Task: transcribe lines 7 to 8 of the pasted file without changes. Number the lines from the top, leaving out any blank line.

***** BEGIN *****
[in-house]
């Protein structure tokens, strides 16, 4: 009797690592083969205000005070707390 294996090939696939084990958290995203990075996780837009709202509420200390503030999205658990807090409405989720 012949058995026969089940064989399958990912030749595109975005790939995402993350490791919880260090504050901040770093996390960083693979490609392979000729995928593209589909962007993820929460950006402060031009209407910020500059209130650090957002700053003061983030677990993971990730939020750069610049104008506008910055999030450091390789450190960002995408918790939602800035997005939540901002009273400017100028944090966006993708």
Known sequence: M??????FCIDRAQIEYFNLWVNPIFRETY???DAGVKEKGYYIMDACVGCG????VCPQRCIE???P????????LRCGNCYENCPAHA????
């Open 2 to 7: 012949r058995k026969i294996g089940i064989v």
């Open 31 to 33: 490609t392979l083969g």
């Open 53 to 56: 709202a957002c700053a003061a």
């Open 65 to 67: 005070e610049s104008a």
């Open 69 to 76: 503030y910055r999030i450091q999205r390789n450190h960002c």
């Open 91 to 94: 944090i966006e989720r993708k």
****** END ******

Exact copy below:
């Open 65 to 67: 005070e610049s104008a």
């Open 69 to 76: 503030y910055r999030i450091q999205r390789n450190h960002c």